Dick Bartell was a shortstop with the Phillies from 1931-1934. Nicknamed "Rowdy Richard", for his hustling nature and aggressiveness toward the opposing team, Bartell debuted with the Pirates at age 19 in 1927.
With Pittsburgh, Bartell became a regular, splitting time between second base and shortstop, and hit over .300 three straight seasons. After the 1930 season, Bartell was traded to Philadelphia for infielder Tommy Thevenow and pitcher Claude Willoughby. Bartell would continue his solid batting, as he hit over .300 while scoring over 100 runs twice (in 1932 & 1934) and made an all-star team (in 1933) in 4 seasons with the Phillies.
Bartell was likely best known for his efforts and his style of play around the second base bag. During an era when players regularly went hard into opposing infielders with their spikes upward, to get an advantage, Bartell was a master of that sort of cleat action. He was once identified as, "probably the most-hated gent in the National League," by a sports writer. The tough-nosed Bartell told the reporter, "I've never gone out of my way for trouble and I've never side stepped. If some of these guys around figure on getting tough, why, that'll be all right with me." A fiery guy who spoke like that today would surely be loved by Philadelphia phans.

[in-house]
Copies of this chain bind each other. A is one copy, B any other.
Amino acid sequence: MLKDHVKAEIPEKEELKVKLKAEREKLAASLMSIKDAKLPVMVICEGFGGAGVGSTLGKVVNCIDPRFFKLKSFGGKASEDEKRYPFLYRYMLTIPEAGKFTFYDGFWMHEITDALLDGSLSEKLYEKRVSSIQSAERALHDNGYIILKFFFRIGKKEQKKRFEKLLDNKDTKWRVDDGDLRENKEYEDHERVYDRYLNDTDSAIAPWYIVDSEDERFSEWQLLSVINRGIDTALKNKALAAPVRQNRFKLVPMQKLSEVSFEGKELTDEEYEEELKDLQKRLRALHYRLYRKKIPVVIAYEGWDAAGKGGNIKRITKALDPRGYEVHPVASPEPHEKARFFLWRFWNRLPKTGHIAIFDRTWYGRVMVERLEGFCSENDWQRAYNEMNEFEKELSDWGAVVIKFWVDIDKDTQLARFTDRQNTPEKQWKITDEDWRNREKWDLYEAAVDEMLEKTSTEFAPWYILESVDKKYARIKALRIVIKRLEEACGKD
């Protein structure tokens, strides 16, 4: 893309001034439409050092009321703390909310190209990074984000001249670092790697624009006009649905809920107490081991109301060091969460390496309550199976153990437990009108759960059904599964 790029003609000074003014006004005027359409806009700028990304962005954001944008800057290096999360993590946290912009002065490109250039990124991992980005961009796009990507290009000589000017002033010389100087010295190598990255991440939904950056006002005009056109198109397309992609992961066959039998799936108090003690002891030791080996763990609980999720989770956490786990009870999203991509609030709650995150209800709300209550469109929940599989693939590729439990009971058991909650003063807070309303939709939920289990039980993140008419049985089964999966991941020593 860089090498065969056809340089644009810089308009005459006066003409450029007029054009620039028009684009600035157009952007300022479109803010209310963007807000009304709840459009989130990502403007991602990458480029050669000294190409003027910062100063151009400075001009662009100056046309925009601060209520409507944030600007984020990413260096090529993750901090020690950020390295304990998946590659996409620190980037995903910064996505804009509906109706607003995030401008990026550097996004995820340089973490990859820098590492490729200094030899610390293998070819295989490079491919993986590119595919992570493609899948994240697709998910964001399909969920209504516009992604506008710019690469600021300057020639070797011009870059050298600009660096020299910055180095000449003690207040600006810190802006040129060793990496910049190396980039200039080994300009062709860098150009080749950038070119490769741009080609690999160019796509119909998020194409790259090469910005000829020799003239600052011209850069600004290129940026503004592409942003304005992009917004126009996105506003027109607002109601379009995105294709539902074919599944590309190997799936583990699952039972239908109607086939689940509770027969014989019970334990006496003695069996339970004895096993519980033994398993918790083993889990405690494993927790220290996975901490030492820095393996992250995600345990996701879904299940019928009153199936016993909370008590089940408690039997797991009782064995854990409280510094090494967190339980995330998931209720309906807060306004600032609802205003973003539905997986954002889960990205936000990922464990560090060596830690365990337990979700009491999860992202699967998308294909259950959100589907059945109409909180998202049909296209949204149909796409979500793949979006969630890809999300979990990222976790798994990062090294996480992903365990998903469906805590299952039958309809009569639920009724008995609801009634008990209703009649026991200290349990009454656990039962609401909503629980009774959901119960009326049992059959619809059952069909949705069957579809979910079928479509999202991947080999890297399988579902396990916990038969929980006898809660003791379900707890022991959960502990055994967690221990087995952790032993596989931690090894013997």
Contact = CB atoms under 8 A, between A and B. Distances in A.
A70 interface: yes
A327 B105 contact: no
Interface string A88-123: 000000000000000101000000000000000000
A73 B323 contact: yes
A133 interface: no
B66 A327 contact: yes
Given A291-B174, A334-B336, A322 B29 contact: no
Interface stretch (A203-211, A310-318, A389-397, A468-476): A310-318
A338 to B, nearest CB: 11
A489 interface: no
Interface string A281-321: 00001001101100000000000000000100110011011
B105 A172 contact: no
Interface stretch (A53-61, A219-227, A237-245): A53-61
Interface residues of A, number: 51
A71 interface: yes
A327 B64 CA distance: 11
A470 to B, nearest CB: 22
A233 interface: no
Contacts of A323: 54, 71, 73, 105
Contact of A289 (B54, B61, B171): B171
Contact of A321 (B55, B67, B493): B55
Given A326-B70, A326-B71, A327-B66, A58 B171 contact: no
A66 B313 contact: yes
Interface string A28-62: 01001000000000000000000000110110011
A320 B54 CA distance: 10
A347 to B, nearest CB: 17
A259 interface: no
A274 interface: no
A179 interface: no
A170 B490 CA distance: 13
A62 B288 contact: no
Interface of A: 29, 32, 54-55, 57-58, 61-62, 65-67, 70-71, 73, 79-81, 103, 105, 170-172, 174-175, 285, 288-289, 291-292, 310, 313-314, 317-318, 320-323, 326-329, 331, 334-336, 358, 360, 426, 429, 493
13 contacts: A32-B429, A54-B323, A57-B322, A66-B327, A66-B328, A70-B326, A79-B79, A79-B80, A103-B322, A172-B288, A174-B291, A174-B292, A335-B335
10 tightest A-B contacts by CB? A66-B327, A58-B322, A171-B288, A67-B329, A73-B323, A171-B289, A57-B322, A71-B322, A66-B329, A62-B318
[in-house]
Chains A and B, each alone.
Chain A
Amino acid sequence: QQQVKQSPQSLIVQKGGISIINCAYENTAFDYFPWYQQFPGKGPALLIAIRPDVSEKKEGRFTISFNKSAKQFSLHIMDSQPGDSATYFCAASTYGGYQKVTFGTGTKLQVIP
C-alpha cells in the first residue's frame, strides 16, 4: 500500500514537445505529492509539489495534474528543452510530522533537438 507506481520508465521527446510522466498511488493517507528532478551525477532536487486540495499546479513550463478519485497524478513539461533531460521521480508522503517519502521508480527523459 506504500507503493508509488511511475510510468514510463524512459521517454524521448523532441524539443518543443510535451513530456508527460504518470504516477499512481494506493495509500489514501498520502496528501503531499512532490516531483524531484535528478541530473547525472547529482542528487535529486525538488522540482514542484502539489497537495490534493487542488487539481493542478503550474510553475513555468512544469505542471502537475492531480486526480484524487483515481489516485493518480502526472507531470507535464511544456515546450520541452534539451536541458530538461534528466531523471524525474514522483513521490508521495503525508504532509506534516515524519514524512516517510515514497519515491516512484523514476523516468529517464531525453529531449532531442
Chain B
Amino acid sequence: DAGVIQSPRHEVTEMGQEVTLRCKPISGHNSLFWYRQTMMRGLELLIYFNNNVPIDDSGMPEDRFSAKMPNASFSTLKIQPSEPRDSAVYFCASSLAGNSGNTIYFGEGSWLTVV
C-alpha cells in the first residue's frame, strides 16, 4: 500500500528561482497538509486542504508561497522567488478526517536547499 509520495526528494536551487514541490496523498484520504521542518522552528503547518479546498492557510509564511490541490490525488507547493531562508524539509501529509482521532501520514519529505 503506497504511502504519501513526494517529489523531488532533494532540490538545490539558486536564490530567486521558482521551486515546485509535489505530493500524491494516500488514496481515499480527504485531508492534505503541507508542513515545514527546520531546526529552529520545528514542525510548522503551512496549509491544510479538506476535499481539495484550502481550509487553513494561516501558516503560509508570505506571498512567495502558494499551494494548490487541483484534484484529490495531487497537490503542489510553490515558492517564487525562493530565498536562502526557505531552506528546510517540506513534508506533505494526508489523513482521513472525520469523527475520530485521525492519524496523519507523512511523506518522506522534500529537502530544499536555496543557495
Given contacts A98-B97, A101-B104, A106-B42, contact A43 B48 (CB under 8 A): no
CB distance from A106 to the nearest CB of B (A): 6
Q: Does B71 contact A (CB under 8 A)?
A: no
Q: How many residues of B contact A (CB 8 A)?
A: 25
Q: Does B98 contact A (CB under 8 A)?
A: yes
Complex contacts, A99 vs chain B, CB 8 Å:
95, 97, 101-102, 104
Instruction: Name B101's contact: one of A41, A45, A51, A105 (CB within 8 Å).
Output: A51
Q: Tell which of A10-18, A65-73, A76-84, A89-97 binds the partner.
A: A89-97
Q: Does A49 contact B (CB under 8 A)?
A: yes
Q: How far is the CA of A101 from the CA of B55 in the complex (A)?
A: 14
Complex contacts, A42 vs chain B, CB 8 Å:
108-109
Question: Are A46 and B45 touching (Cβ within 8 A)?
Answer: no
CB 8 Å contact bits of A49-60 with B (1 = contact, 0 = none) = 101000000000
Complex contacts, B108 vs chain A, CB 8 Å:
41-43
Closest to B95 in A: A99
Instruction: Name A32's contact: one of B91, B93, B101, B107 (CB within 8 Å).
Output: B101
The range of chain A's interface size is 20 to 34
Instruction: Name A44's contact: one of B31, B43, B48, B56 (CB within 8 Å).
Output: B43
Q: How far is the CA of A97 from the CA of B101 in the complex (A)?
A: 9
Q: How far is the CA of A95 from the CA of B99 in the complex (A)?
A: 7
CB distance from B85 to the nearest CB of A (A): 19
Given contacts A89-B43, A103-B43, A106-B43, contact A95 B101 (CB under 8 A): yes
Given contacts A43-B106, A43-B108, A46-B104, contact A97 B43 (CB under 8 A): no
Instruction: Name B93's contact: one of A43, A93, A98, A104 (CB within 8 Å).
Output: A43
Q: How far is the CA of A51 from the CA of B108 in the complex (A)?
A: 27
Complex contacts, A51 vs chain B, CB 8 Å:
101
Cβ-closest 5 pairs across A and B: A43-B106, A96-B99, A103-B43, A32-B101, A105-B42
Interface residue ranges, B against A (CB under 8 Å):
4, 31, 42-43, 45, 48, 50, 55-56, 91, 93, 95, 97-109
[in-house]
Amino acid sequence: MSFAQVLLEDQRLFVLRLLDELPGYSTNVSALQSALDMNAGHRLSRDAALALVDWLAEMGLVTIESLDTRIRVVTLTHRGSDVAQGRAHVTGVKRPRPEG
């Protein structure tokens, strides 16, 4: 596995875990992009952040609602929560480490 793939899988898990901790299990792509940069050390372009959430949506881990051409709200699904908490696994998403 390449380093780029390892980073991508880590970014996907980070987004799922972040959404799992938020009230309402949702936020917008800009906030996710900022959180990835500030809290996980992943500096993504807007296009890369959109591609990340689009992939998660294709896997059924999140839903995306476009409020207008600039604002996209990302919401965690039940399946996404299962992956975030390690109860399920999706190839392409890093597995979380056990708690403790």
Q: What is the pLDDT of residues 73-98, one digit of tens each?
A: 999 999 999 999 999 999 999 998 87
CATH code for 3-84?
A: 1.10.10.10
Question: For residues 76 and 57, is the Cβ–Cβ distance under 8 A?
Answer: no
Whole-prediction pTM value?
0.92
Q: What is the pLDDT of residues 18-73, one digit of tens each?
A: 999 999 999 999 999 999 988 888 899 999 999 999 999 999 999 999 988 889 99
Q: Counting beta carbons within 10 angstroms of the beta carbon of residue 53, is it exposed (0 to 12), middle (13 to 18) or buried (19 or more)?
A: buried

Much like so many other players who excelled in a Phillies uniform during the 1930's, Bartell was shipped out of town to help pay bills. After the 1934 season, Bartell was traded to the Giants for 4 players and cash. Bartell would help the Giants go to two straight World Series in 1936 and 1937. In that 1937 pennant season, he made another all-star team and finished 6th in MVP voting with 14 homers, 62 RBI, 91 runs scored and a .306 batting avg.
Bartell would spend time with both Detroit and the Cubs before landing back with the Giants in 1941. In 1943 he began two years of military service, during World War II. Bartell returned to the Majors and played in 5 games in 1946, then retired from playing. He would go on to manage in the minors and coach for Detroit and Cincinnati.
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